From "New Teacher Jolts KIP" by Jay Matthews
"I've found that most traditional textbooks oversimplify and isolate concepts, and yet, are still too difficult for non-readers to use. They don't generally push students to think, but offer repetitive, and boring, practice," she said. She started writing each lesson nightly. This was a remarkable feat of youthful energy when you consider that KIPP teachers work 10 hours a day, and Suben was putting in another three hours each night at home composing the next day's lesson on her Dell laptop.
Suben said: "My primary goal as a teacher is to help my students understand the reasoning behind math rules and procedures. I have several core beliefs about this: (1) Understanding is constructed by the learner, not passively received from the teacher. (2) Understanding is built by making connections between as many strands of knowledge as possible. (3) Understanding is galvanized through communication. (4) Understanding is only valuable when you reflect on it and question it."
The core of her method is the workbook she produced last year on the fly. It "lets students build their own notes and create their own examples. It is incredibly active learning," she said. They were encouraged to write down the meaning of important terms and strategies they used that worked with certain kinds of problems.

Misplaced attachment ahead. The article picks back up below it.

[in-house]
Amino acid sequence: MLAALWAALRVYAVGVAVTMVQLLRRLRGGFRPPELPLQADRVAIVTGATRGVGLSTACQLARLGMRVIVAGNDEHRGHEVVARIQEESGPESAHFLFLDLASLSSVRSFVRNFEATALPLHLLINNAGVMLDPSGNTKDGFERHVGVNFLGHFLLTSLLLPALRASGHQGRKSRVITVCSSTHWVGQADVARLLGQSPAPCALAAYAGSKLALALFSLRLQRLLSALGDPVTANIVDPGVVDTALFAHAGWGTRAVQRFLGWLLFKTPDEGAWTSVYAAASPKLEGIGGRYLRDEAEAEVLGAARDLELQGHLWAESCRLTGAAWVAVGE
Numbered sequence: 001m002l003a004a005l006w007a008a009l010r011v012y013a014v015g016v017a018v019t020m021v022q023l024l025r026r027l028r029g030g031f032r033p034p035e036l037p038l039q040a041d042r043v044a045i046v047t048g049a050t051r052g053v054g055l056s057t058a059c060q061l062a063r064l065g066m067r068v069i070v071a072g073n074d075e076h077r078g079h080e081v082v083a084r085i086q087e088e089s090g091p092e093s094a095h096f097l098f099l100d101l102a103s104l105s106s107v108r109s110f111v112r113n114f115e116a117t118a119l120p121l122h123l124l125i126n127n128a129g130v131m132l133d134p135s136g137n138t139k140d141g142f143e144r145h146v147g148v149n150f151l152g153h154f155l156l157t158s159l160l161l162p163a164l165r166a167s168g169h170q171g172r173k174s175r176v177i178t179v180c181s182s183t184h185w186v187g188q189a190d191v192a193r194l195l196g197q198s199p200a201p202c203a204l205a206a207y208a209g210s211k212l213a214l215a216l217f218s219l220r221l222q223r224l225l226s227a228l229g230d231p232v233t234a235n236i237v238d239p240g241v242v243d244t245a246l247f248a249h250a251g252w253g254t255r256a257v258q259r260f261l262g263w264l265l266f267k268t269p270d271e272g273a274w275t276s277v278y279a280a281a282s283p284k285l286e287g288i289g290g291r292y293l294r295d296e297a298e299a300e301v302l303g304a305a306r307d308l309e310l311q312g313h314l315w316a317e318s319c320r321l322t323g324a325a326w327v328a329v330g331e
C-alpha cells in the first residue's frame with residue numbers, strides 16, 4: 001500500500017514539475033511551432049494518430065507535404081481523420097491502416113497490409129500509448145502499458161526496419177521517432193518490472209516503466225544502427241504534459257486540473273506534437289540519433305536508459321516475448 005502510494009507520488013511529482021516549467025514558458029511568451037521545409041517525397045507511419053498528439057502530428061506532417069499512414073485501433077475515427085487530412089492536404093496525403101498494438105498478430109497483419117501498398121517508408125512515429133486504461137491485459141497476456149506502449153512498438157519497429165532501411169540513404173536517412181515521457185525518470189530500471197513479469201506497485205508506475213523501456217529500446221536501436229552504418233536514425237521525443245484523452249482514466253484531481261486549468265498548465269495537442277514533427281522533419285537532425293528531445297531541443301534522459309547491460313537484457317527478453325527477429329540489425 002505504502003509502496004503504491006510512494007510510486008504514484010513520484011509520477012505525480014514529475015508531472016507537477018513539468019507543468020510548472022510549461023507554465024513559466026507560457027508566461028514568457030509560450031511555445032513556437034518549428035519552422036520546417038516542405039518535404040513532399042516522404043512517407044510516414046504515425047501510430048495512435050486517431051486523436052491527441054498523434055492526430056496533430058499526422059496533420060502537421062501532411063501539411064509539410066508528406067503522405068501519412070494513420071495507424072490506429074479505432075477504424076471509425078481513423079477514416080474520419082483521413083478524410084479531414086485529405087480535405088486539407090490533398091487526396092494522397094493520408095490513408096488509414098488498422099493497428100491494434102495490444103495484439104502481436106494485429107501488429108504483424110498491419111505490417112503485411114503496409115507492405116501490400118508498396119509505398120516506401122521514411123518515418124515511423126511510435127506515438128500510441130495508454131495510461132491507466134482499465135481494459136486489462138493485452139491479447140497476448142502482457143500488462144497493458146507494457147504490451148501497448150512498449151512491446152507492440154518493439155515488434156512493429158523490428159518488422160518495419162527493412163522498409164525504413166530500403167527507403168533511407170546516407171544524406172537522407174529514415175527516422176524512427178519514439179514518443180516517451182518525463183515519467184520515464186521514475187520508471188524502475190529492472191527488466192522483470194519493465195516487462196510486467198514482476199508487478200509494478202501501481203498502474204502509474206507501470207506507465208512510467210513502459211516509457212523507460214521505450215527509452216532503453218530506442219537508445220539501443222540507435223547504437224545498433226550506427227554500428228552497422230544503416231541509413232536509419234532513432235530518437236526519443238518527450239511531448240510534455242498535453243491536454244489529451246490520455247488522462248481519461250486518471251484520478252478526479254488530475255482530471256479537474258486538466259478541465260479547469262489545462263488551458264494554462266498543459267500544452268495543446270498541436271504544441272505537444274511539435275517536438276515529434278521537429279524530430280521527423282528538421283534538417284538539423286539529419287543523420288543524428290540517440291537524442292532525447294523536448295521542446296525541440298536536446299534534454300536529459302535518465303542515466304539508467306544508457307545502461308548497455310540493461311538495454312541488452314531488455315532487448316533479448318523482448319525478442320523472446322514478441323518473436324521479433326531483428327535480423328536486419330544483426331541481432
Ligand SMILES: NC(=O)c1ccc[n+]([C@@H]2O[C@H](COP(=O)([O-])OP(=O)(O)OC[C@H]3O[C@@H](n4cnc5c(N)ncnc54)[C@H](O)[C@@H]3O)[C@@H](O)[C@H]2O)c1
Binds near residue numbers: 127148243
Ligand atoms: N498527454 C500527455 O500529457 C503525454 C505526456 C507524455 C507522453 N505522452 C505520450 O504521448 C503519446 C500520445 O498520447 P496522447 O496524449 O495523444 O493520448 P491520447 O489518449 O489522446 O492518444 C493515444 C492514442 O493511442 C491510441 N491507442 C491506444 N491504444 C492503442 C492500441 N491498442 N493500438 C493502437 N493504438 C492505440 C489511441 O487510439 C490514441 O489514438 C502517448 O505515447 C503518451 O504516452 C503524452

"I certainly refer to traditional textbooks for ideas and guidance as I write," Suben said. "My sequence and pace are set by a long-term plan that I have designed to catch the students up on second-, third- and fourth-grade material as well as introduce every single D.C. public schools fifth-grade standard by testing time. I model my word problems after the eighth-grade text that I used in Louisiana because those problems require the level of understanding that I am looking for. I focus on non-traditional problems so that students are forced to think."
Thinking! Isn't that a violation of the No Child Left Behind Law?